Monday, December 15, 2008

Dictionary dumps nature words

Last week I stopped at the local coffee joint for a latte and a little down time. I grabbed a couple of papers and began to peruse the news. The heading of an article “Dictionary dumps nature words” immediately caught my eye and I began to read.

It seems as though the Oxford Junior Dictionary has made the decision to DROP what they call nature words from the dictionary. UNBELIEVABLE! I wonder what Rachel Carson, Thoreau, Whitman and Emerson would think of this??!! They are probably rolling over in their graves.

It would seem that words such as heron, magpie, dandelion, beaver, ivy, willow, otter, acorn, clover and sycamore are no longer required. What is even more shocking is that the word blackberry – as in the fruit – has been removed, but ironically the word BlackBerry – as in the phone – has been added.

Vineeta Gupta was quoted in the article as saying “When you look back at older versions of dictionaries, there were lots of examples of flowers, for instance...That was because many children lived in semi-rural environments and saw the seasons. Nowadays, the environment has changed”.

This statement is unbelievable and frankly reflects the exact kind of mentality that is at the root of our environmental crisis. The environment has changed, therefore we no longer need our children to know about otters and beavers and ivy. Yet this change, the change we have created, is the cause of our environmental problems. And eliminating the words will only exacerbate the issues.

We live in a world where children are becoming more and more physically separated from nature. They are lacking a true physical, emotional and spiritual connection to the natural world. Richard Louv calls this disconnect Nature Deficit Disorder. He and Cheryl Charles have started an organization called the Children and Nature Network. Children’s Nature Network is striving to reconnect children to nature. In Richard’s own words “Nature-deficit disorder is not an official diagnosis but a way of viewing the problem, and describes the human costs of alienation from nature, among them: diminished use of the senses, attention difficulties, and higher rates of physical and emotional illnesses.”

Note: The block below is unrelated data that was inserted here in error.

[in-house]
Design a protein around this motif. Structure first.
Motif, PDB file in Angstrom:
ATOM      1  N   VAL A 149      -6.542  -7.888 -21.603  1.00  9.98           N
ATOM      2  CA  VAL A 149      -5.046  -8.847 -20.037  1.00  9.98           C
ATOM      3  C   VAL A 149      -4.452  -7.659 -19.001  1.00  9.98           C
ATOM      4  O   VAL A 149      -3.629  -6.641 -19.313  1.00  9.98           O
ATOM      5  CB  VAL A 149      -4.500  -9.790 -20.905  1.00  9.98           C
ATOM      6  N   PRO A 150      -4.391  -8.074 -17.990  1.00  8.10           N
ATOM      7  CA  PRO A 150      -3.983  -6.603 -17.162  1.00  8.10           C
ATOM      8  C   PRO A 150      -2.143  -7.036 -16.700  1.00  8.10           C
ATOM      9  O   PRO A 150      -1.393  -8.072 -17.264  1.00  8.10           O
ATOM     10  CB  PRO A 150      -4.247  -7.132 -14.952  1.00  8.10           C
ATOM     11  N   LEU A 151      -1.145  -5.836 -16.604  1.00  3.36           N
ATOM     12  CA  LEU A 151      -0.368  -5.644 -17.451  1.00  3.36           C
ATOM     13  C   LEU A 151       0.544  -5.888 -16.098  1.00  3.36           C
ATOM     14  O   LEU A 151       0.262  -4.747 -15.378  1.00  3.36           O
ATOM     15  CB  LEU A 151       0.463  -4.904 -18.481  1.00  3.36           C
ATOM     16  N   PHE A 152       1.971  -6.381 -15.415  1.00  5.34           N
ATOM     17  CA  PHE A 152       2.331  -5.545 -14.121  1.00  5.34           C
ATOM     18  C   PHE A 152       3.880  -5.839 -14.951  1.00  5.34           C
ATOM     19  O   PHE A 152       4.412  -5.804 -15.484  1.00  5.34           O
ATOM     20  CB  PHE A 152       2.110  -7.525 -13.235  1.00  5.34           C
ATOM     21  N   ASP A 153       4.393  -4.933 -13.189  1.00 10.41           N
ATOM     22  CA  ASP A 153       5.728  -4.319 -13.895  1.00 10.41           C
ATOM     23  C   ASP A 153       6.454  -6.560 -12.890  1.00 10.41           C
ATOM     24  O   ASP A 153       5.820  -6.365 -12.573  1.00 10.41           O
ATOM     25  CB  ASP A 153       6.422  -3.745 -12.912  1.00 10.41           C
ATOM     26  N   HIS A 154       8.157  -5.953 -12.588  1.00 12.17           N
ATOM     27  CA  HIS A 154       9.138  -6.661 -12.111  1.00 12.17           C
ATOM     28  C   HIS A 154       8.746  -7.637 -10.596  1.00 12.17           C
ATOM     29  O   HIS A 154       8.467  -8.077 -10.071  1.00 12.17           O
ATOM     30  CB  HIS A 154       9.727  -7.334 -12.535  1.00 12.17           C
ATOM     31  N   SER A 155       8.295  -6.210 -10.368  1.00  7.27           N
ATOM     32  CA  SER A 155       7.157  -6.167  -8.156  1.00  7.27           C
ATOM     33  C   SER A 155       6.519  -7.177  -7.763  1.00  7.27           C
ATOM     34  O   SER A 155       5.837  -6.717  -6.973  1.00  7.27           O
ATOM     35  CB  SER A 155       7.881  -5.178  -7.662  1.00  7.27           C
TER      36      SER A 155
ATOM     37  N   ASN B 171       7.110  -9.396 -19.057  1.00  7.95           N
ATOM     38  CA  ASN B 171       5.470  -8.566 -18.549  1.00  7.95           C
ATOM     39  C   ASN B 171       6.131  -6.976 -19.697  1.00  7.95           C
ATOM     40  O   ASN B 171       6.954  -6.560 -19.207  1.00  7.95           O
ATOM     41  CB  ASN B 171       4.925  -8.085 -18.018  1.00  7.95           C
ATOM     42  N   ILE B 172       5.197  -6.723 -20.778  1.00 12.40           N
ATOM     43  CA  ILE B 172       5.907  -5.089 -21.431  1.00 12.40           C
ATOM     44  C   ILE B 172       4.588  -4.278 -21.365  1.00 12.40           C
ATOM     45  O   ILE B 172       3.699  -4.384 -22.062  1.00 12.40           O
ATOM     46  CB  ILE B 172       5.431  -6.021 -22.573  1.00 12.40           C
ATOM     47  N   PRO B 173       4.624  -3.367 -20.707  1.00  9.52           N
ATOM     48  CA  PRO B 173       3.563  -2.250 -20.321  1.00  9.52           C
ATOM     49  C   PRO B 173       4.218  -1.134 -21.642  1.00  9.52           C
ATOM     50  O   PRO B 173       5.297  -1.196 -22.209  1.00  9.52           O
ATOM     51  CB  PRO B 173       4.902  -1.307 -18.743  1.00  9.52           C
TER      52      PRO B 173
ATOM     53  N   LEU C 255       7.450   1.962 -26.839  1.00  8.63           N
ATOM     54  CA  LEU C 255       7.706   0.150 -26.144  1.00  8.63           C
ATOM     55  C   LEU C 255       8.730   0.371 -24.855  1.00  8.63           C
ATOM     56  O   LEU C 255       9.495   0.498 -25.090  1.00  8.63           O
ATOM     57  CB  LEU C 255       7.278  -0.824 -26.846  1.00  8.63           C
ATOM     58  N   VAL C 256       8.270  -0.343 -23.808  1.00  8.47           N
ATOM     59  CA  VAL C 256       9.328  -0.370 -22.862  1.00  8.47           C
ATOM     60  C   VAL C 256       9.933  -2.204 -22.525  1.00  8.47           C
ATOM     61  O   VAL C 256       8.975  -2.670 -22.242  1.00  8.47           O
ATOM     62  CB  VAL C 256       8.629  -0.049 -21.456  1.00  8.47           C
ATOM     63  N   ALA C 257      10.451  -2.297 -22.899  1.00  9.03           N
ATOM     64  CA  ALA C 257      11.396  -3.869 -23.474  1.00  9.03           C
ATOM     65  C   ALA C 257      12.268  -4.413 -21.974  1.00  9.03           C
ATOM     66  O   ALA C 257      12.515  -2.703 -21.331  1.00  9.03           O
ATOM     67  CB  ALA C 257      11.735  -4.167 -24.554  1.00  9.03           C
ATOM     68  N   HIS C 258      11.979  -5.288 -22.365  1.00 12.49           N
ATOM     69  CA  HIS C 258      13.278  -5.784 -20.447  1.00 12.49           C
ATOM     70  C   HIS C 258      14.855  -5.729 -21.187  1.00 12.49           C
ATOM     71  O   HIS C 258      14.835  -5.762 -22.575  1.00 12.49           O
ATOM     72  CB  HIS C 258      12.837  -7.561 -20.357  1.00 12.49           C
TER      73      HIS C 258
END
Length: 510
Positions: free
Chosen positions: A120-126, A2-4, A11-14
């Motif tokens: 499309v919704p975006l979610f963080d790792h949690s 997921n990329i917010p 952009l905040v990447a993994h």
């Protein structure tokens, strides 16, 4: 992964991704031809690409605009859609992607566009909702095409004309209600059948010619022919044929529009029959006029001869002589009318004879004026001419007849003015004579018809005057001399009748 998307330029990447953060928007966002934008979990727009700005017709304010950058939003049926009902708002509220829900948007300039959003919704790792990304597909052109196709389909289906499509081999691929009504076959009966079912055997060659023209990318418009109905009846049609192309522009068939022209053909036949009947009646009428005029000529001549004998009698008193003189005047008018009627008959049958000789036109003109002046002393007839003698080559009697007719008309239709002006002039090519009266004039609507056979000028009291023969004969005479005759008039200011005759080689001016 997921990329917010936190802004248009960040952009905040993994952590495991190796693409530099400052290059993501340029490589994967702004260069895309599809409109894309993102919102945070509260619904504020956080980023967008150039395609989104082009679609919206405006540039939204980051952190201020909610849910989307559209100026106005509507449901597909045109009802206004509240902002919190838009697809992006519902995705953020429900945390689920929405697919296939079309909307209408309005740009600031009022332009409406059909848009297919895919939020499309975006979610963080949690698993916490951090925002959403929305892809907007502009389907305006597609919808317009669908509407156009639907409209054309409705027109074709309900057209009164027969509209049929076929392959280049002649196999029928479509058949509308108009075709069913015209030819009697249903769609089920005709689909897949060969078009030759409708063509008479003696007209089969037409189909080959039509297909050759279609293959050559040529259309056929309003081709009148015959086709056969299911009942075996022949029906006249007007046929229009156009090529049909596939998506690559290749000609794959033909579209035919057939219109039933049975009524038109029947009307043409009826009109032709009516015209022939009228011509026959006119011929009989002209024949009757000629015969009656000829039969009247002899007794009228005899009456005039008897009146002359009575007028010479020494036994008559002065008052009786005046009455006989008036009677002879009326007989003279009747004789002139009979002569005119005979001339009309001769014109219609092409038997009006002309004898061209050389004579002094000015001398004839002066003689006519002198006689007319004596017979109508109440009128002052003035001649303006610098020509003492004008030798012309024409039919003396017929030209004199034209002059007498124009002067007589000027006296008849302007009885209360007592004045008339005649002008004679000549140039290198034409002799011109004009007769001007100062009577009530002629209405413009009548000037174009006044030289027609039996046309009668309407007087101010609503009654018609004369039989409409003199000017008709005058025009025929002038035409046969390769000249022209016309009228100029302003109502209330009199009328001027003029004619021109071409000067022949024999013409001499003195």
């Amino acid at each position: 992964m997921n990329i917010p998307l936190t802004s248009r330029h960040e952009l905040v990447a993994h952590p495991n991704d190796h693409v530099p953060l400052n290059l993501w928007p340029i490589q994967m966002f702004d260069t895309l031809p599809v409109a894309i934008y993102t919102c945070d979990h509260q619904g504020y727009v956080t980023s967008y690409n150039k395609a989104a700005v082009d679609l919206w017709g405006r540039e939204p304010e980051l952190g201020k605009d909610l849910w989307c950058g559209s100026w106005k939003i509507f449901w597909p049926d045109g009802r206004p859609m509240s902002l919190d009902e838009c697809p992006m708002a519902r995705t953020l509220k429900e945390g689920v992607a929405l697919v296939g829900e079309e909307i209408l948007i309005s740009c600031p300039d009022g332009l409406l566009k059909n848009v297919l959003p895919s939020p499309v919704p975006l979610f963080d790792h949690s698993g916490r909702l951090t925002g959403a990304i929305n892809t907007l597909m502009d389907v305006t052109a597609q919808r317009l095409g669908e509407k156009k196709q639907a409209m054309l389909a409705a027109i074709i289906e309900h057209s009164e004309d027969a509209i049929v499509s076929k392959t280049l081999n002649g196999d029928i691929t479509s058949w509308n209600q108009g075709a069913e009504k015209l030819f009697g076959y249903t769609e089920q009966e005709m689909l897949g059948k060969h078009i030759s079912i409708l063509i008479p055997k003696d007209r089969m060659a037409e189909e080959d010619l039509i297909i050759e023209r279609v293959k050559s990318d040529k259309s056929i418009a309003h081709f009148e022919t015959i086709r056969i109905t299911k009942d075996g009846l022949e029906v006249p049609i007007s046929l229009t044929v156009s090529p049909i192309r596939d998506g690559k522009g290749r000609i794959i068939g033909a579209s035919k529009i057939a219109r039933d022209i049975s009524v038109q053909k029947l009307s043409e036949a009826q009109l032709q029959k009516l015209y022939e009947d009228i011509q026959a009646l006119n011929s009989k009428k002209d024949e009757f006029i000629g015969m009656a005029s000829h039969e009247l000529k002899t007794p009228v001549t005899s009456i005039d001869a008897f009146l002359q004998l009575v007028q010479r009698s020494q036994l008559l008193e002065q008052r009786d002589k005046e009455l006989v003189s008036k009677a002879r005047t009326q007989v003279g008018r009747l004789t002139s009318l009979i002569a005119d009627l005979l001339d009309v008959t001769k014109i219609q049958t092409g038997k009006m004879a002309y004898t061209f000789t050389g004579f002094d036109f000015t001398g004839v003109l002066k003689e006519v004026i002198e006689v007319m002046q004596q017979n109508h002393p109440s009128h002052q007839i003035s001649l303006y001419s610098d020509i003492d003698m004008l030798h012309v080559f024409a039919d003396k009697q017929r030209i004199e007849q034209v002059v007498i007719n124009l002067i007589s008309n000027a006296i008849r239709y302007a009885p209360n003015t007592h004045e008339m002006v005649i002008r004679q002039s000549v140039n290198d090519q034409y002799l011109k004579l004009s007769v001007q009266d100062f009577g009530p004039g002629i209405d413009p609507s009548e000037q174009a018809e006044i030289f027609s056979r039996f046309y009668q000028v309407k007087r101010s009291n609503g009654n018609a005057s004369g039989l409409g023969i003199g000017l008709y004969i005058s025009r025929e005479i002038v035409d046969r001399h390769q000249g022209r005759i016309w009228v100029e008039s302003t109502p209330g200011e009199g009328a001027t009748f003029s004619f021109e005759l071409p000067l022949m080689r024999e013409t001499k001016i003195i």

The costs of our children’s disconnect from nature are huge. And environmental educators and writers from around the globe, including yours truly, are struggling valiantly to reconnect children with nature. Getting kids excited about nature, interested about plants and animals and ecosystems...and getting them OUTSIDE, is the basis of our work. We have enough roadblocks and hurdles to get past – but now the WORDS THEMSELVES are being omitted? Not only are we physically cutting down nature, but now we are cutting the words from our language too?

Case in’s paper had a wonderful article about the fact that 1,000 new species, such as insects and spiders, that have been recently discovered. But of course, if these words have been removed from the Oxford Junior Dictionary, this article will have no impact on children who might not know what a millipede or spider is. And that would be a shame, because the newly discovered Dragon Millipede, with its vast array of legs and hot pink colour, is exactly the kind of species that could capture a child’s imagination and get them curious enough about nature to get outside and discover more!

I realize that the Oxford Junior Dictionary only has 10,000 or so words to play with...but it would seem to me that some of the most important words in the world today are the nature words. How will we get kids outside, much less interested and invested in nature, when these words are deemed as not important enough to be included in a children’s dictionary?

For more information:
1. Article from Toronto Star, Wed. Dec. 10 regarding the words being removed:
2. Article regarding newly discovered species (Toronto Star, Dec 15):
3. Children and Nature Network

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